For the 2nd week in a row, we’re blogging about our viscometer sensors. Today, we’re talking about the 372 sensor. Like all our sensors, the 372 is based on our patented oscillating piston technology. With only a single moving part, the sensor features an electromagnetically driven piston that pushes fluid into a small measurement chamber. A deflector, which is located over the piston, moves fluid into the measurement chamber, while two coils move the piston back and forth at a constant force. Absolute viscosity is measured when proprietary circuitry analyzes the two-way travel time. This method makes for an exceptionally effective viscometer. The sampling area is self cleaning. It maintains calibration so well that a Cambridge viscometer can often run for years without maintenance. It’s a reliable, accurate, workhorse of a viscometer.
The 372 is great for applications with high pressures, and it’s often used to create Daniel charts, which are viscosity/temperature charts that demonstrate the solubility of a refrigerant/lubricant mixture. In a recent project, CVI took customization a step past what is typical, and we custom-welded special fittings into the ports on either side of the sensor. We don’t normally do this, but the client was particularly concerned about the pressures they might hit. By welding the ports, we created a metal-face sealed fitting that is very unlikely to leak in extreme conditions.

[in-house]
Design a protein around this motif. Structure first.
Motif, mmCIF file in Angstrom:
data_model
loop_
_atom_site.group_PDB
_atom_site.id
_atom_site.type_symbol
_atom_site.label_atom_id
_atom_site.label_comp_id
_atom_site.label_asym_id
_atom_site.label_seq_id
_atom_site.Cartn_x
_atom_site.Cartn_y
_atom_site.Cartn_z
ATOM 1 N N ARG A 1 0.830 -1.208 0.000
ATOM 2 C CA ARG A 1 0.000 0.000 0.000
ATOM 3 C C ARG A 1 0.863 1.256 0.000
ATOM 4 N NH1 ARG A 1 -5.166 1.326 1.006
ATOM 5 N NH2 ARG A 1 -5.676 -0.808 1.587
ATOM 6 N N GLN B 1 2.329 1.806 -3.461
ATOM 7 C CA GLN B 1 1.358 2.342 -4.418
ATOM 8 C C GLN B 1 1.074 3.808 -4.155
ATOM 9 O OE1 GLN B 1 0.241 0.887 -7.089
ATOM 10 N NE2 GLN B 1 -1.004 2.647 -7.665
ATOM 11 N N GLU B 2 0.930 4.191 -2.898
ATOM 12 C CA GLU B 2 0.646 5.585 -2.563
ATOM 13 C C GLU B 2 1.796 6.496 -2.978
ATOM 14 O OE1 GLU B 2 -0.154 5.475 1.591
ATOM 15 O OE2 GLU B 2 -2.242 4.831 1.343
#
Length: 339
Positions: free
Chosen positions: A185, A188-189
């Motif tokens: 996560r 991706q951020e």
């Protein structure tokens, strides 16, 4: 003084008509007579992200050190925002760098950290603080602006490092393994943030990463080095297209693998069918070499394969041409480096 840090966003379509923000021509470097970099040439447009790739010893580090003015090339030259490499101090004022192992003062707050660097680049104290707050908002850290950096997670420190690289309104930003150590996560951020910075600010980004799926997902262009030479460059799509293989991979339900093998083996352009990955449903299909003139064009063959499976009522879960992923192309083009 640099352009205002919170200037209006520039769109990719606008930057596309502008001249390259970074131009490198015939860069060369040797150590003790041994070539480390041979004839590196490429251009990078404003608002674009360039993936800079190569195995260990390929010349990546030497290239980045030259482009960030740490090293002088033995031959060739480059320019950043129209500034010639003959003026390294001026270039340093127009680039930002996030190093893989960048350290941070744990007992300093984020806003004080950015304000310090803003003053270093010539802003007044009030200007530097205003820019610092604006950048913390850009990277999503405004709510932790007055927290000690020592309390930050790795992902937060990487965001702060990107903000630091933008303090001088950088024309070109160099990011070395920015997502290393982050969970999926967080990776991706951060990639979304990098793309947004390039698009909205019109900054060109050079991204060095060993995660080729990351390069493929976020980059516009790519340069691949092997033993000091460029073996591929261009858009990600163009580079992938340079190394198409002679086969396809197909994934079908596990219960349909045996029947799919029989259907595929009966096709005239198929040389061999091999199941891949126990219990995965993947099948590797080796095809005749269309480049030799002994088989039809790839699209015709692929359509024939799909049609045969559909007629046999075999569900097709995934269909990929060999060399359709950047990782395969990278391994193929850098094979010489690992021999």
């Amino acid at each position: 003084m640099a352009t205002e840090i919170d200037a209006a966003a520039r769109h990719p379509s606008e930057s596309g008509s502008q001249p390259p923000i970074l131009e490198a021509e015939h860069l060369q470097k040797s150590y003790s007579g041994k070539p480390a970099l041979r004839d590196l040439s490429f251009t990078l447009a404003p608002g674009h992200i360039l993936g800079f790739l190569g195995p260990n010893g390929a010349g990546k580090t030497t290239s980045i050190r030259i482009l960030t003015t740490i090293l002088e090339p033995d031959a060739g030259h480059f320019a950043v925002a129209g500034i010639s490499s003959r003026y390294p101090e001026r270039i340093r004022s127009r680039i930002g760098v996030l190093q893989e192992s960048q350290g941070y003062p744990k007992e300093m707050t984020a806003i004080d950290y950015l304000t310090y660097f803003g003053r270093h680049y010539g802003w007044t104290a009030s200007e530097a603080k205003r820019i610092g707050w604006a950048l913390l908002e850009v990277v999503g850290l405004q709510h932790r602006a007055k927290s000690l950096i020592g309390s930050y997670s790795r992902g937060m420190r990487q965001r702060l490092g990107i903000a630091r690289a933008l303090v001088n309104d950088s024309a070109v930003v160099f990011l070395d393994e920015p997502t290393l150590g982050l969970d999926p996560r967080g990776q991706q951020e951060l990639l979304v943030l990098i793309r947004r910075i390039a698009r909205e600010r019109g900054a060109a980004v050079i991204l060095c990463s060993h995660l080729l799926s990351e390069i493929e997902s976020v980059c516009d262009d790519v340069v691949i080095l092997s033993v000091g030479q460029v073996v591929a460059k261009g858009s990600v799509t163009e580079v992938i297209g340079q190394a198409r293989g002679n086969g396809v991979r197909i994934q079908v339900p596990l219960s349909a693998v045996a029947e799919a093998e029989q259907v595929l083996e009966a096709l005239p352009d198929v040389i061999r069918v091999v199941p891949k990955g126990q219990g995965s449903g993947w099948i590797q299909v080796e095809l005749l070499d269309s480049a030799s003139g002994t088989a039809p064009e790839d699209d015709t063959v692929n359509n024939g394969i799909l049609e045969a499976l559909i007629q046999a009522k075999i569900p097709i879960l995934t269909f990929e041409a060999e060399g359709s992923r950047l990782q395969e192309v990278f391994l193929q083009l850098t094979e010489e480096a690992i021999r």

Another nice feature of the 372 is that it only requires a 0.25” NPT threaded connection, and it can accommodate tubing. This is great when you need to put your sensor in a tight space that is too small for piping. This is particularly useful for a lot of coating applications. Over the past year, COVID created a significant demand for medical instruments that require coating, like catheters, syringes, and face shields. The fact that the 372 could accommodate small-diameter tubing made it ideal for these critical medical device applications. The 372 also features an optional temperature jacket for temperature control, which was another reason it was selected for medical device applications where maintaining a specific sample temperature was essential for quality control. The temperature jacket maintains sample temperature using a thermally controlled water bath.
The Cambridge Viscosity 372 sensor with water jacket.
The Cambridge Viscosity 372 sensor is a flow-through viscometer that is used in laboratory and process fluids to provide continuous temperature and viscosity tracking. If you have any questions about whether this sensor is right for your application, contact our application experts.